The right (experienced and knowledgeable) tax whistleblower attorney/lawyer (experienced in both tax law and whistleblower law) can assist in all the following:
Properly preparing the 211 Claim to get the Claim into the IRS tax whistleblower program.
Regularly Supplementing the 211 Claim with new and material facts.
Decreasing the IRS examination time and therefore the ultimate payment of the Reward.
Attending all conferences with the IRS and properly advising the client prior to the conference.
Properly monitoring the Claim throughout the tax whistleblower process.
Assisting in the administrative appeal of the tax reward.
Assisting in the judicial appeal of the tax reward before the U.S. Tax Court.
Help ensure and maintain confidentiality of the tax whistleblower throughout the tax whistleblower process including the willingness to forfeit his fees if he or the IRS discloses the tax whistleblower’s identity.
The Whistleblower participating in the IRS Tax Whistleblower Program has knowedge and power to receive a substantial tax reward/award under IRC 7623.
As was made clear by the recent article, U.S. Billionaires Avoid Reporting Cash to IRS by Jesse Drucker of Bloomberg News, there is no shortage as to the underpayment of tax in the United States and therefore the potential for a tax reward. Some say that the tax gap (the difference of what should be reported and paid versus that which is reported and paid) in the United States is now in excess of $400,000,000,000 per year. Todaymany attorneys/lawyers, including the Tax Whistleblower Law Firm (former IRS attorneys) assist Whistleblowers in filing and supplementing tax whistleblower claims with the IRS for purposes of claiming a reward, as well as representing the whistlblower before the IRS, attending conferences, and appealing the claim before the U.S. Tax Court. However, many attorneys/lawyers will not guarantee the confidentiaility of the Whistleblower’s identity as the former IRS attorneys of the Tax Whislblower Law Firm will do.
In the case of Billy Joe “Red” McCombs one must question how many accountants, attorneys/lawyers secretaries and others knew about McComb underreporting of his tax liability and could have filed a 211 Claim for a reward. Perhaps without the assistance of a tax whistleblower attorney/lawyer these individuals were likely aware of the facts but simply unaware that the tax issue (i.e. a de facto sale of stock) existed or that there existed a Whistleblower Program for which they could have reported the facts and ultimately receive a reward of $3.3 million to $6.6 million (15% to 30% of the amount ultimately collected by the IRS). Again, with Knowledge comes…a Tax Whistleblower Reward.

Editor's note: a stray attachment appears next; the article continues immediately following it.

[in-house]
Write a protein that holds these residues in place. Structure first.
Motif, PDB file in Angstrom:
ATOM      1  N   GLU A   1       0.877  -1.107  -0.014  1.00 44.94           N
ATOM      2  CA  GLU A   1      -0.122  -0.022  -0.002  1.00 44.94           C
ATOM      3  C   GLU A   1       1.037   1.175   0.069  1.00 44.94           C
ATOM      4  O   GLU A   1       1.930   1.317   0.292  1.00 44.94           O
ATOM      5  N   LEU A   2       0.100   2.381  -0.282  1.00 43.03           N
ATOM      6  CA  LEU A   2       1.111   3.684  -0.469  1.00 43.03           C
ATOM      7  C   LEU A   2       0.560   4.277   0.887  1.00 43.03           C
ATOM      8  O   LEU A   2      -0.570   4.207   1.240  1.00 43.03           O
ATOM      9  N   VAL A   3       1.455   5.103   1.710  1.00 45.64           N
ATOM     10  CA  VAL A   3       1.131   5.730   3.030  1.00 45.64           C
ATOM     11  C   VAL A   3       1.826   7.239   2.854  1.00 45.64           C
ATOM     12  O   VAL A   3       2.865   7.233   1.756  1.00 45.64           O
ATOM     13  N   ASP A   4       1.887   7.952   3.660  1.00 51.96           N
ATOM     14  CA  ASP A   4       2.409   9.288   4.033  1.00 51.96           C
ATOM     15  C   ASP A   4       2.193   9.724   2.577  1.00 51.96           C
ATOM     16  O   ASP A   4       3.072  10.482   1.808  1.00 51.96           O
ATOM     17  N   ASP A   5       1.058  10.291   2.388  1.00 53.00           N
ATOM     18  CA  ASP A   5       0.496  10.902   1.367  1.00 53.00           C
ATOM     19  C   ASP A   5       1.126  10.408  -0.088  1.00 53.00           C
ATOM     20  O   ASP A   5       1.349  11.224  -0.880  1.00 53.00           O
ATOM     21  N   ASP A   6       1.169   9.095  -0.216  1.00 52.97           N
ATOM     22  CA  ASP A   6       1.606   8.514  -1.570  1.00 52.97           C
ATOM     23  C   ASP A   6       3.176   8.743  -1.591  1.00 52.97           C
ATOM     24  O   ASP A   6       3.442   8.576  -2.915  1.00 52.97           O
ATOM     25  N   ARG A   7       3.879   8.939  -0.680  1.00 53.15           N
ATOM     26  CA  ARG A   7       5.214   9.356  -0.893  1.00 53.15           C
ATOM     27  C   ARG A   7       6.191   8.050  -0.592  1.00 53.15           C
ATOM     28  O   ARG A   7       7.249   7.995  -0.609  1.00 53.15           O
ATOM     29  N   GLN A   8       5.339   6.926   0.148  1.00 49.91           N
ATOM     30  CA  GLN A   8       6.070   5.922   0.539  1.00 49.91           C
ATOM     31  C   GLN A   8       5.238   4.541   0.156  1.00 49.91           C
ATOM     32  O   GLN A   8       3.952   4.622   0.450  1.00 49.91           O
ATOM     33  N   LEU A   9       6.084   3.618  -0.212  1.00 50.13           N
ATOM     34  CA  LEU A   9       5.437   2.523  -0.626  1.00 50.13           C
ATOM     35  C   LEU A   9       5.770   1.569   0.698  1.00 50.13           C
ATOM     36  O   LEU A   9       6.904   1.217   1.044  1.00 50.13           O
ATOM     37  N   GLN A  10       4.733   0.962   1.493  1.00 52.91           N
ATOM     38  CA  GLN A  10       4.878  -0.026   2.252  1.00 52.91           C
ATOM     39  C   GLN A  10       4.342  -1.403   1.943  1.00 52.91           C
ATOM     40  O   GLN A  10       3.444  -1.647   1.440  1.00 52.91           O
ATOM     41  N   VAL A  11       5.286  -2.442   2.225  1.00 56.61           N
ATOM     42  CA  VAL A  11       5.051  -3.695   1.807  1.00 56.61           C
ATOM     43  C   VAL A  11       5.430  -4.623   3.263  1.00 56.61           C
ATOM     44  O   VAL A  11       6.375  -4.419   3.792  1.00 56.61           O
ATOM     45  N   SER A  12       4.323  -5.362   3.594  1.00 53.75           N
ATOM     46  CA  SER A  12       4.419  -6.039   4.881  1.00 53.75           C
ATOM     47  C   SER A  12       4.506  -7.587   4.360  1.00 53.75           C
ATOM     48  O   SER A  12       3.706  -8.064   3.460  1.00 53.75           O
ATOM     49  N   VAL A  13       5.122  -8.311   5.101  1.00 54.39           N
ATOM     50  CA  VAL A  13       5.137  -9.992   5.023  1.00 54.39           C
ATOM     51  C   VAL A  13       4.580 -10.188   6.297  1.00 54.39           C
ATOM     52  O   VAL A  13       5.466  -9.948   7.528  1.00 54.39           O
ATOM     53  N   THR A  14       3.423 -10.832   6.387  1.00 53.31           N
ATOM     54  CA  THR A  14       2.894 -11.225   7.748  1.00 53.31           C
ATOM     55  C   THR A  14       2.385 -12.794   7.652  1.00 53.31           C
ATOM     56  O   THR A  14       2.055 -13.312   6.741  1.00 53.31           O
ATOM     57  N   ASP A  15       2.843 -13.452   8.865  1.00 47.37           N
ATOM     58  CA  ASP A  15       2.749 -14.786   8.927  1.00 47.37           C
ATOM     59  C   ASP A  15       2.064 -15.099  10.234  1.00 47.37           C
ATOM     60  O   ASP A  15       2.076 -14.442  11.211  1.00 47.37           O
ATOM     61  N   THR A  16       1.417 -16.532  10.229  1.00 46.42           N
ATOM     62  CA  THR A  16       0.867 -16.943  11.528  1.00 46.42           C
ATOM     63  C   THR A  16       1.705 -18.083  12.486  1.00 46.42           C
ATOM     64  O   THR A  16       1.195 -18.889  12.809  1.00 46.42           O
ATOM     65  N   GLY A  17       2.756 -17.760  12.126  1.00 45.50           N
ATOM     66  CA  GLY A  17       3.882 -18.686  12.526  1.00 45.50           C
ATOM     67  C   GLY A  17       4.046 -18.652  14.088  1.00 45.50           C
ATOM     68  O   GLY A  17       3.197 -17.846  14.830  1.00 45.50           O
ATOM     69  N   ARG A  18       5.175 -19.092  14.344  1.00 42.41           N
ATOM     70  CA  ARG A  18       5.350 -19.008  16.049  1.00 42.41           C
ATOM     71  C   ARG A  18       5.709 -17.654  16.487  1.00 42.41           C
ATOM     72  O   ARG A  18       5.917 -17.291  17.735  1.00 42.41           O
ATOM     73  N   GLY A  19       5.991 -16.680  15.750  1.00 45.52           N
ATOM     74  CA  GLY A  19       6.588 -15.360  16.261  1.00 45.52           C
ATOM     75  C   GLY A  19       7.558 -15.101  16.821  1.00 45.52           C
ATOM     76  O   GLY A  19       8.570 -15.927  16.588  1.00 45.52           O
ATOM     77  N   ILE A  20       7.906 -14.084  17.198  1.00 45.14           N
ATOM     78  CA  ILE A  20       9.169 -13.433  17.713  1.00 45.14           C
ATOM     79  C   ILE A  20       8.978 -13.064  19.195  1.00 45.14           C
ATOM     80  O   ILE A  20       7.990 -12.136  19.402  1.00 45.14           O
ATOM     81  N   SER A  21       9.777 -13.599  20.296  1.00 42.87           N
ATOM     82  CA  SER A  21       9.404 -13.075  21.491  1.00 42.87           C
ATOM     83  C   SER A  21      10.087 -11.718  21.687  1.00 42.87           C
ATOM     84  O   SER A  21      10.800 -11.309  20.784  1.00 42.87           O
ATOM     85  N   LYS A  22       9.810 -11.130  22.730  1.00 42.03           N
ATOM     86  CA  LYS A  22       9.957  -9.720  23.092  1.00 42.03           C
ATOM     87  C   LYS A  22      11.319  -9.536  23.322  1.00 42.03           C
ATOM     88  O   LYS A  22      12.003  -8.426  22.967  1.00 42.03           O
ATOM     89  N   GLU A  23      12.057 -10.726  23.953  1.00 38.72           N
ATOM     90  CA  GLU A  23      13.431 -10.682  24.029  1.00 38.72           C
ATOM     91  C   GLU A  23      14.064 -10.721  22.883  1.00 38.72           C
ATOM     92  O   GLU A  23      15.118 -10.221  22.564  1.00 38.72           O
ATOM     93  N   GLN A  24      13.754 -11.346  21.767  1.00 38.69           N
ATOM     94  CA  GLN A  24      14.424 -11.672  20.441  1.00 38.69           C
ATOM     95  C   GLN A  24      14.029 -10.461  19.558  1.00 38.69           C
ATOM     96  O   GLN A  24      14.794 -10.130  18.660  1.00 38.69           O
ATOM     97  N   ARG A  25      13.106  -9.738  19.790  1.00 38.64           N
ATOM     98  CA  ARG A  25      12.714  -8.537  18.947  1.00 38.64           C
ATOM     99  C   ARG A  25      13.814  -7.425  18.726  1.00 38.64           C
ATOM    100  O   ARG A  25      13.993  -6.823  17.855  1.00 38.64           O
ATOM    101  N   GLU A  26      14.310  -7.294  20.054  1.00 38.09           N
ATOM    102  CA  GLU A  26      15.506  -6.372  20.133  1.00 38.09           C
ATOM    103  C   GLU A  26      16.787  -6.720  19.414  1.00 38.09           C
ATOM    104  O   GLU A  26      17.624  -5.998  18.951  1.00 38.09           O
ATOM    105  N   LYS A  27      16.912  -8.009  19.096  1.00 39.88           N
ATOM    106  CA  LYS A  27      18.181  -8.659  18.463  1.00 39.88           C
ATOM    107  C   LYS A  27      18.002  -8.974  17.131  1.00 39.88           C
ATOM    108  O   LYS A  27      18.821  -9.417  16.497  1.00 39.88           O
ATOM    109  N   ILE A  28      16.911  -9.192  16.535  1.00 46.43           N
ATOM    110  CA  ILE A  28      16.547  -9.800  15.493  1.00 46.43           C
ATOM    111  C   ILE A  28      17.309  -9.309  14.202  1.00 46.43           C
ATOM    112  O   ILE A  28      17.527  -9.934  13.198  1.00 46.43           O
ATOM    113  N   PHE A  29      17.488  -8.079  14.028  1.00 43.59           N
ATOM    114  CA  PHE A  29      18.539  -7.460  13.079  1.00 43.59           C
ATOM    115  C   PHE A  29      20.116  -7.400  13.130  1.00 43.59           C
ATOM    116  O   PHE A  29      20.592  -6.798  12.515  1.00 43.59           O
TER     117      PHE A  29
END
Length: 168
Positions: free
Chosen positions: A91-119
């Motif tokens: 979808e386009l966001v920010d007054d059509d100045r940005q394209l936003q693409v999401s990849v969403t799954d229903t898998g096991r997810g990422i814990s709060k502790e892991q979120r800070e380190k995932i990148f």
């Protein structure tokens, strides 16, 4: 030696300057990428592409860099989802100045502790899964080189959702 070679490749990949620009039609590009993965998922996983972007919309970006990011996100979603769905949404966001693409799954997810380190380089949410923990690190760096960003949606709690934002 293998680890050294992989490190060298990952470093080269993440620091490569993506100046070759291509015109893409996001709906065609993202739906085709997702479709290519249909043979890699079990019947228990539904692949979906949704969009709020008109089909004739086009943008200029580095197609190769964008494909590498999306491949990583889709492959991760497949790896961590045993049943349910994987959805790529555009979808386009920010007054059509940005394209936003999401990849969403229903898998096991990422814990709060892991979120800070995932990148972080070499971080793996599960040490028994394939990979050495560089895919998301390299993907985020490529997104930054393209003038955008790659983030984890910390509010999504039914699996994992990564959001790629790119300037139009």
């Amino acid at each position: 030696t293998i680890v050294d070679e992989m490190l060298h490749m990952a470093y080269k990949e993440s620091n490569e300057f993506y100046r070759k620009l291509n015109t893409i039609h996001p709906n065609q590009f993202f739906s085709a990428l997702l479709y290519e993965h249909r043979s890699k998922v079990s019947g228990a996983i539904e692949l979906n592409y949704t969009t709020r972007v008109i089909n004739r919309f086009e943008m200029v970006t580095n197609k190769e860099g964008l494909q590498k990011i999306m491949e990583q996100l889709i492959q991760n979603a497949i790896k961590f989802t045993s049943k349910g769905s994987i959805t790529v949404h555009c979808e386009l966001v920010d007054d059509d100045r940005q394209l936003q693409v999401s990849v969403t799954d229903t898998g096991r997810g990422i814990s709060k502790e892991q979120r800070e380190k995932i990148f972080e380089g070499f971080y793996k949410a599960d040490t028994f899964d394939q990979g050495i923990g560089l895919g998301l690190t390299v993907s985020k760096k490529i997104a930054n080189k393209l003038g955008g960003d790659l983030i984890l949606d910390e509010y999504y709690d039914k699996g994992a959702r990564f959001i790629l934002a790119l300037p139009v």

The IRS Tax Whistleblower Program is now reaching its 5 year anniversary (i.e. December 20, 2011). IRS Director Stephen Whitlock, an attorney, has been charged with the duty to implement the law. An experienced and knowledgable IRS staff of some of the most senior agents has been gathered to evaluate and process the many 211 claims that have been submitted to the IRS. Currently the IRS Whistleblower Office has maintained its budget for 2011 and will not be losing any employees due to budget constraints or attrition (2 IRS Whistleblower Analysts retired on September 30, 2011), thereby reflecting IRS Commissioner Schulman’s view of the importance of this Tax Whistleblower Program. The many issues that have arisen under the program are being addressed fairly and methodically by Director Whitlock.
The Tax Whistleblower Law Firm’s experience in filing claims with the IRS Tax Whistleblower Office over the last four years reflects that our clients are above average intelligence as they are able to apply the facts to the law recognizing the existence of a potential tax issue as well as being aware of the tax whistleblower program. Despite popular thought, Whistleblowers are largely ethical and are motivated by doing the right thing as opposed to simply chasing the reward. The reward is simply the bonus.
Claim a Reward
Tax Whistleblowers under the IRS Tax Whistleblower Reward Program can report tax fraud or any under payment of tax to the IRS on the proper IRS Whistleblower Form (i.e. Form 211, Application for Award for Original Information). The Claimant/Whistleblower should follow the procedures in Notice 2008-4 when completing the IRS Whistleblower Form. In order to prepare the claim for the highest potential reward, the Claimant should try to meet the positive factors stated in IRM 25.2.2. The 211 Claim is submitted to the IRS Whistleblower Office under 26 U.S.C. Section 7623. The IRS has created a Whistleblower Office that ultimately reports to the IRS Commissioner. See Whistleblower/Informant Award. Many Tax Whistleblower Law Firms can assist the whistleblower in completing the IRS Whistleblower Form, Form 211. However, make sure the tax whistleblower attorney/lawyer is experienced in the substantive tax law as well. An experienced tax whistleblower attorney/lawyer will not only assist in the preparation and filing of the IRS Whistleblower Claim Form (Form 211), but will be there for you to supplement the Claim with new information, attend meetings with you and the IRS and appeal your claim administratively as well as judicially to the U.S. Tax Court, if necessary. The Tax Whistleblower Law Firm will guarantee the confidentiality of the tax whistleblower’s identity.